# Why Logistic Regression Uses a Sigmoid Function

## The Sigmoid Function in Logistic Regression

In learning about logistic regression, I was at first confused as to why a sigmoid function was used to map from the inputs to the predicted output. I mean, sure, it’s a nice function that cleanly maps from any real number to a range of \$-1\$ to \$1\$, but where did it come from? This notebook hopes to explain.

## Logistic Regression

With classification, we have a sample with some attributes (a.k.a features), and based on those attributes, we want to know whether it belongs to a binary class or not. The probability that the output is 1 given its input could be represented as:

\$\$P(y=1 /mid x)\$\$

If the data samples have \$n\$ features, and we think we can represent this probability via some linear combination, we could represent this as:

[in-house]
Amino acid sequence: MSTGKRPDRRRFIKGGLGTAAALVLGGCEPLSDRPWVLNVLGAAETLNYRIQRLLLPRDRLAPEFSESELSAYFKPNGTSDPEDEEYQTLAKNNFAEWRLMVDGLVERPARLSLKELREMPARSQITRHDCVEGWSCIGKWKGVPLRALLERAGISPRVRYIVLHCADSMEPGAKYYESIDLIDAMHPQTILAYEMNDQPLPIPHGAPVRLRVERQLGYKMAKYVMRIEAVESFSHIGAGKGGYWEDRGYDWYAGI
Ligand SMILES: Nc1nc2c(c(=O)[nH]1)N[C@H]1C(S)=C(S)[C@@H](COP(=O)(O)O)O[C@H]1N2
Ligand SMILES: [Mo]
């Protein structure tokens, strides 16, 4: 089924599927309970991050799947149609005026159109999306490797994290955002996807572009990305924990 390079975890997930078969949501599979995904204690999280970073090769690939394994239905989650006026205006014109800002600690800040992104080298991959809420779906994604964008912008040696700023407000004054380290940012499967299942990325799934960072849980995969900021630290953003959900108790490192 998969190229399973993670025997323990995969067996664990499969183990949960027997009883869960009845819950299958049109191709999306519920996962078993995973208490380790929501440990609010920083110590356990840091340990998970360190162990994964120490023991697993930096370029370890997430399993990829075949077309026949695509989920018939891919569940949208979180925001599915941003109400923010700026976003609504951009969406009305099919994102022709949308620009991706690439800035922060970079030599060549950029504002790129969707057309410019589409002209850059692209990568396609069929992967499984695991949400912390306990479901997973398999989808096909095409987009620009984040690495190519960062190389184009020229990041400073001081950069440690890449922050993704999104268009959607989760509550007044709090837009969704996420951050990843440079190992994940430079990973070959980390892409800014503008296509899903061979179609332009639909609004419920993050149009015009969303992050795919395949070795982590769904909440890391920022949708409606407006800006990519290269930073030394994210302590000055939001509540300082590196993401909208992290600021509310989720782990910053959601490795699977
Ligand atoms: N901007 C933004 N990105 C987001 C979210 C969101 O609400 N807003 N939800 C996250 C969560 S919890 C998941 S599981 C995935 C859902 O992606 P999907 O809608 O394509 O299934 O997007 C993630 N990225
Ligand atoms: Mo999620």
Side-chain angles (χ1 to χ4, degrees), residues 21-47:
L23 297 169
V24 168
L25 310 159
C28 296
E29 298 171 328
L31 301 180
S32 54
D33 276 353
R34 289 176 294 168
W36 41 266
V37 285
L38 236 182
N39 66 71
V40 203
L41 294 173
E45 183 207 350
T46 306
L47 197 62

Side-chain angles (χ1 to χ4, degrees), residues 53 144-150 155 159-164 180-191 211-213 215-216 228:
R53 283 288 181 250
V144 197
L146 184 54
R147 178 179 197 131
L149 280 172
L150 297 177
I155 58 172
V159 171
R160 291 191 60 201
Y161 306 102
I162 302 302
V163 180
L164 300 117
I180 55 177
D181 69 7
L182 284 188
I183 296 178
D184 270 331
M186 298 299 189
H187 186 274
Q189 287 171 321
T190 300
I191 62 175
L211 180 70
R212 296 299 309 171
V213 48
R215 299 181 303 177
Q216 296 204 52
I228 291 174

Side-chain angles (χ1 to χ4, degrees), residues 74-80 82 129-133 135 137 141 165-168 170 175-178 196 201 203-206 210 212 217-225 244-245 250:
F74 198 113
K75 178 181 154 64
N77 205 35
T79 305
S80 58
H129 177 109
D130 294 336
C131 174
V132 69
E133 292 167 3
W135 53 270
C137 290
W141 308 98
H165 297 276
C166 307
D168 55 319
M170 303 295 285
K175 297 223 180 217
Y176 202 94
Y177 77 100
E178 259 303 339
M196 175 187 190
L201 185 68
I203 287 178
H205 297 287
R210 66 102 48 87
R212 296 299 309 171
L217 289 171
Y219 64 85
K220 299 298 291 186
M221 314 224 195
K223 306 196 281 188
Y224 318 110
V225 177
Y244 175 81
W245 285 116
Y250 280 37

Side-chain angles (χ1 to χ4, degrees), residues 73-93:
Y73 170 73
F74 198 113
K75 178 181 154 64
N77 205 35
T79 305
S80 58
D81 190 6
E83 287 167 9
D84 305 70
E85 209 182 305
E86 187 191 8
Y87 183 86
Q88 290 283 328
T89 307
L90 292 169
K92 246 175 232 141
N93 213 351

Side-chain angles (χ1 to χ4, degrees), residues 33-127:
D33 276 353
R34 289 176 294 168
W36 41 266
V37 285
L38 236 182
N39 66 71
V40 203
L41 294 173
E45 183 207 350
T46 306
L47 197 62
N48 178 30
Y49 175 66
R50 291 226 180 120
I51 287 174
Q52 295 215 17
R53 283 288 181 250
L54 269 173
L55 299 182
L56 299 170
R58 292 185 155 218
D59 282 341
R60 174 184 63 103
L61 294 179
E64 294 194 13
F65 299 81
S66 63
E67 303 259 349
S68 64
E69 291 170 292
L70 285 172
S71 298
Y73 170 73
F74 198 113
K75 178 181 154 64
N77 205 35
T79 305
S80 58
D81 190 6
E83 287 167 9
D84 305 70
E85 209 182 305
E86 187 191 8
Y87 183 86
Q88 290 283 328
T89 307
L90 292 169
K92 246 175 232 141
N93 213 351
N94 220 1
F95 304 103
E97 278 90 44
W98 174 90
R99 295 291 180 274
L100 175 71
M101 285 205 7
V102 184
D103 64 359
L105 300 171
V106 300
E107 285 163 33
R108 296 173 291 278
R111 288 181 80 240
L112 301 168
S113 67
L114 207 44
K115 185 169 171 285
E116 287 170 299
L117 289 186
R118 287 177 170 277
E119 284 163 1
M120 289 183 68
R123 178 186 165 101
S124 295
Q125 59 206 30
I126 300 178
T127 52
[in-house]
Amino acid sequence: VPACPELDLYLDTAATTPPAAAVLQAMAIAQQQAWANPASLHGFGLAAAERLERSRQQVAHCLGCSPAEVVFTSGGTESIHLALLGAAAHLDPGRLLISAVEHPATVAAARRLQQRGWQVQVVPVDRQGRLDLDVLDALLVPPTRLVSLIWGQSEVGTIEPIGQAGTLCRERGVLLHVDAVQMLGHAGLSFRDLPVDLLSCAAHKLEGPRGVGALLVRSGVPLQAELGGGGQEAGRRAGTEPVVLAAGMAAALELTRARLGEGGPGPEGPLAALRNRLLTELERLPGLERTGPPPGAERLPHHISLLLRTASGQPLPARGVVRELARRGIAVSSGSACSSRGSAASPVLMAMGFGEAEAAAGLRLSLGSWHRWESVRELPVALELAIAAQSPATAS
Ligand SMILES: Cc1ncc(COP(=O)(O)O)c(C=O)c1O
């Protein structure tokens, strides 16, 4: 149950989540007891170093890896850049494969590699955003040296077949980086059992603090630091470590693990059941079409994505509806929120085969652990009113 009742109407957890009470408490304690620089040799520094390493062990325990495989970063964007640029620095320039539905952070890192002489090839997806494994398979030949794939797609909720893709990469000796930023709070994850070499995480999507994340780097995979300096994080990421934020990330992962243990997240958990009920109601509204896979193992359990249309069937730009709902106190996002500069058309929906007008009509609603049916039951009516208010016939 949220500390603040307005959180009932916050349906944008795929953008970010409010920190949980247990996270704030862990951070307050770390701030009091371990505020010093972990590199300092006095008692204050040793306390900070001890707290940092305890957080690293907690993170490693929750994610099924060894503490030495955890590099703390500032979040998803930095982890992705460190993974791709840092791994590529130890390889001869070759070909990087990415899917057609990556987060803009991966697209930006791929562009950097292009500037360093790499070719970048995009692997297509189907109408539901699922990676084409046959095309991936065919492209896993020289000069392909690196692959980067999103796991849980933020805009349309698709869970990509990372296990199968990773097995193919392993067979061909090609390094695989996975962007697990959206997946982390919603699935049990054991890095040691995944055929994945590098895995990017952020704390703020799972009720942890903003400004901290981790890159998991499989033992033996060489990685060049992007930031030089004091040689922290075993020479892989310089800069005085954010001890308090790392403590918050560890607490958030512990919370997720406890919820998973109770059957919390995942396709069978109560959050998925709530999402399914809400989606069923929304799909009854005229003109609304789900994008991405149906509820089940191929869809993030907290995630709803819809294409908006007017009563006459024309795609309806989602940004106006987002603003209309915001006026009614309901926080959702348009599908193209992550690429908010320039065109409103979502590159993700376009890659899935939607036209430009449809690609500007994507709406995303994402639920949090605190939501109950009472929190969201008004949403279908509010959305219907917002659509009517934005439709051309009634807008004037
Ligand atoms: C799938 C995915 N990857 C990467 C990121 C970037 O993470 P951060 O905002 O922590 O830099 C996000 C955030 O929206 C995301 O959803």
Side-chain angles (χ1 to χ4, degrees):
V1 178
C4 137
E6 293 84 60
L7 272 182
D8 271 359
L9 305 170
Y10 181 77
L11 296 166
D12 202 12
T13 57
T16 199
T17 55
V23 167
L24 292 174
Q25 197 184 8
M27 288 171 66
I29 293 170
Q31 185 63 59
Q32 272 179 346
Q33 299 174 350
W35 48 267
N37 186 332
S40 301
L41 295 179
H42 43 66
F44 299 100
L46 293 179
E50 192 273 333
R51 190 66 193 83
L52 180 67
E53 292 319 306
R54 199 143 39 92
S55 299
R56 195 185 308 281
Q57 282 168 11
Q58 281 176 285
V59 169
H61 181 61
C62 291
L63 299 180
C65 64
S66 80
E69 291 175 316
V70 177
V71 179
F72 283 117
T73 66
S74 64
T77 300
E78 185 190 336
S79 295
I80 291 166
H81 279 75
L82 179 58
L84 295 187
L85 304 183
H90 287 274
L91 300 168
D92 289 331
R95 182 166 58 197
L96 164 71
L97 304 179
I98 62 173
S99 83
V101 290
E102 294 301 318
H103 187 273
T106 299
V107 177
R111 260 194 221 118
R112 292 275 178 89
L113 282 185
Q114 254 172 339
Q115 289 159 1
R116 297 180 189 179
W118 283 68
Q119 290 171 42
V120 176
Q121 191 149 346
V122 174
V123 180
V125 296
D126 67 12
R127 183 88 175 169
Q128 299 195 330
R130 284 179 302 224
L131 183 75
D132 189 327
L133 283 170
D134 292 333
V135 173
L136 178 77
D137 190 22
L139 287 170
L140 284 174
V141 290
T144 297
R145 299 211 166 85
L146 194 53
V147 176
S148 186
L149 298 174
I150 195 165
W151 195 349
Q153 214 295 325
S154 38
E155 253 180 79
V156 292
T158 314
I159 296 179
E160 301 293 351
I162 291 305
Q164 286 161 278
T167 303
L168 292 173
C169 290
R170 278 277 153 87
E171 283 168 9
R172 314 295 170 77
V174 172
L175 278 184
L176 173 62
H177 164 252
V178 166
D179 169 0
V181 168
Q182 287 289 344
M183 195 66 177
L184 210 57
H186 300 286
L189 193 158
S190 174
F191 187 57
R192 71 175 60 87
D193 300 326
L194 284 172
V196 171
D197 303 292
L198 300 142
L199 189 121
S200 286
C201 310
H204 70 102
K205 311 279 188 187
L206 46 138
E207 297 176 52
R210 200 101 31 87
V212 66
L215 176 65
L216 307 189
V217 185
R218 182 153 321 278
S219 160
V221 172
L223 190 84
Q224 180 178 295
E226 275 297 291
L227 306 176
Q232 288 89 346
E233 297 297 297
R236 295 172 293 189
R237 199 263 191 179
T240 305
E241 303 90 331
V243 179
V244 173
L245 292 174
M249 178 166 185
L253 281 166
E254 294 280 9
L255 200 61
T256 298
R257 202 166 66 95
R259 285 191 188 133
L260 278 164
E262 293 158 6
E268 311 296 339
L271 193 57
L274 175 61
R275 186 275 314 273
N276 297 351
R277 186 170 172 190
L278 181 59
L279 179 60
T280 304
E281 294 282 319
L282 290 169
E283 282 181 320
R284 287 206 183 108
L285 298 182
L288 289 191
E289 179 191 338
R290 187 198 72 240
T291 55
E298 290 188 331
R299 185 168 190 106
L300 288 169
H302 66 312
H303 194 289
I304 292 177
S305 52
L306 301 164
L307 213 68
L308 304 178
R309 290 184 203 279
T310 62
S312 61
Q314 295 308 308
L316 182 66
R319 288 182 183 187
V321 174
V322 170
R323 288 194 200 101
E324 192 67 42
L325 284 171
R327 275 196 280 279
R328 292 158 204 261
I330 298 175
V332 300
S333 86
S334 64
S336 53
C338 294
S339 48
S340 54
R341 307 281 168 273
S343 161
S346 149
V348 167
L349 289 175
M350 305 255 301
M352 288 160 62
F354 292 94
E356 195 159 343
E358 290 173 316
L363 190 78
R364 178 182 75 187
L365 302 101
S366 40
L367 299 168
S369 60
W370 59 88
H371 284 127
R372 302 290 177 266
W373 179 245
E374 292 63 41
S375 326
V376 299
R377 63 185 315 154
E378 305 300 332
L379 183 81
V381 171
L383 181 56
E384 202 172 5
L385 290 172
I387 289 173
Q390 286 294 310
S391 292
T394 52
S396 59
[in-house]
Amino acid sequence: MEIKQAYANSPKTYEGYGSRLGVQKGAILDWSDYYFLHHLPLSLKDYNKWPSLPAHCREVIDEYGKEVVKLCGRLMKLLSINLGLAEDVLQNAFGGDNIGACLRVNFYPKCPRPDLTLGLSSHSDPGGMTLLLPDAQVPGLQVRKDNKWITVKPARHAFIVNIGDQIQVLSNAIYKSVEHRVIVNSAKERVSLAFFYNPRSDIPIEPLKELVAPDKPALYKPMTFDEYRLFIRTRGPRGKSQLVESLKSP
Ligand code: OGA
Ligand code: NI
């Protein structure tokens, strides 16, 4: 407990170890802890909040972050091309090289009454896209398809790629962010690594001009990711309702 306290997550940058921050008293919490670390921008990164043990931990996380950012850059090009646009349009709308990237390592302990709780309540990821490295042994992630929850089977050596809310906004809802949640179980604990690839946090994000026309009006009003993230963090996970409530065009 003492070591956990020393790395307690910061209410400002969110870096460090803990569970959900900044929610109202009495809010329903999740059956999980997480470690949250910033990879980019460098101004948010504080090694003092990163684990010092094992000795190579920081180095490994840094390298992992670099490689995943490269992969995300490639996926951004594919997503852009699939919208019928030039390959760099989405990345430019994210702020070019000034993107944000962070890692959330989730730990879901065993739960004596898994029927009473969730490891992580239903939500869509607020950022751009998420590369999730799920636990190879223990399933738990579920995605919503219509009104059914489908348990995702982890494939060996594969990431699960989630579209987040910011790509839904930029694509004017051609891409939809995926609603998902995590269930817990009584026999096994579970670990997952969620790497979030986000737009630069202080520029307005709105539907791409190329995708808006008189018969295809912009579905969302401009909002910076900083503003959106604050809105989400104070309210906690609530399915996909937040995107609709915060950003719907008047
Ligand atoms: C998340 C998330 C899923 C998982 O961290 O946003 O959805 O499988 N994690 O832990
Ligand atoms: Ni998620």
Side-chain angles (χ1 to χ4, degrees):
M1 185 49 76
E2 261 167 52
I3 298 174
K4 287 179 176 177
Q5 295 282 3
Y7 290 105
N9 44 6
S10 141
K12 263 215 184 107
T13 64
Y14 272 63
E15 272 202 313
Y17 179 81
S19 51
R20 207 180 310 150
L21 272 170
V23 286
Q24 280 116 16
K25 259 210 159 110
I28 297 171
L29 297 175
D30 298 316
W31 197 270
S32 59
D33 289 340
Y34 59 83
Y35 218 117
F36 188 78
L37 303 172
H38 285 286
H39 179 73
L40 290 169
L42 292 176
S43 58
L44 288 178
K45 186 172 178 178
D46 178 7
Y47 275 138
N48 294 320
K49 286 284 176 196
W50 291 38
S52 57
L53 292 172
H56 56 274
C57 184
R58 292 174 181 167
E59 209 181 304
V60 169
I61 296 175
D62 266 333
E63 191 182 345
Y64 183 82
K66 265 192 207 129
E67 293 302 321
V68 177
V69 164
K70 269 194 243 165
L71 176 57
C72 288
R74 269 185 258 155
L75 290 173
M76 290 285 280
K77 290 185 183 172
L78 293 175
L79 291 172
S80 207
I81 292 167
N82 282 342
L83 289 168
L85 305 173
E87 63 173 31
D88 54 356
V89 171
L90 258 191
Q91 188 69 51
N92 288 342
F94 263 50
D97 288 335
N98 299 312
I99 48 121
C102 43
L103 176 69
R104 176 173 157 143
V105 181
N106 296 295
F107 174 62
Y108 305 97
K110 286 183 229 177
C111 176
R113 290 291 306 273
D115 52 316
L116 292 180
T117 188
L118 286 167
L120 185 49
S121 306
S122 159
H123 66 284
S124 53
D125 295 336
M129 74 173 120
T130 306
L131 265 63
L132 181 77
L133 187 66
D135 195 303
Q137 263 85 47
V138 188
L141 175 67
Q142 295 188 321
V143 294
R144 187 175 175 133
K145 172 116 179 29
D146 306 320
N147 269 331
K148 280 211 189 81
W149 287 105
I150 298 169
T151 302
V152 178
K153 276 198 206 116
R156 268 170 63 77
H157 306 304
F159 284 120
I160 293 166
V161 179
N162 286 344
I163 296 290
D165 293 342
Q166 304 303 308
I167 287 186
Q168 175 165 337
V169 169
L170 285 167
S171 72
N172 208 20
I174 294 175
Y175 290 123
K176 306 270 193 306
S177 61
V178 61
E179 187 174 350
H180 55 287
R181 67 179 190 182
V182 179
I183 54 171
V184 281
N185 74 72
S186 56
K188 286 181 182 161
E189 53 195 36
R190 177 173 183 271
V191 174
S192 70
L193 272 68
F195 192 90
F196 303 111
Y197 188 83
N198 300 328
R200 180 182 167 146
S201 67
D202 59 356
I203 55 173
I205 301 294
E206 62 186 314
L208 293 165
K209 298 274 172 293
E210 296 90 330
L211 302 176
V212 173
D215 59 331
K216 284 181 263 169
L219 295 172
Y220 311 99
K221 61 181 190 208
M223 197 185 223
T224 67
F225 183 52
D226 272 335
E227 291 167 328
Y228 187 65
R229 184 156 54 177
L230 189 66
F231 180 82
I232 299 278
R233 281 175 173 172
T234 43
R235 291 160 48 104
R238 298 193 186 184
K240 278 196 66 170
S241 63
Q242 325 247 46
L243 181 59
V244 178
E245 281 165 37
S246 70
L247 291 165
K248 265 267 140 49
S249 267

\$\$P(y=1 /mid x) = w_o + w_1x_1 + w_2x_2 + … + w_nx_n\$\$

The regression algorithm could fit these weights to the data it sees, however, it would seem hard to map an arbitrary linear combination of inputs, each would may range from \$-/infty\$ to \$/infty\$ to a probability value in the range of \$0\$ to \$1\$.

The odds ratio is a related concept to probability that can help us. It is equal to the probability of success divided by the probability of failure, and may be familiar to you if you ever look at betting lines in sports matchups:

\$\$odds(p) = /frac{p}{1-p}\$\$

Saying, "the odds of the output being 1 given an input" still seems to capture what we’re after. However, if we plot the odds function from 0 to 1, there’s still a problem: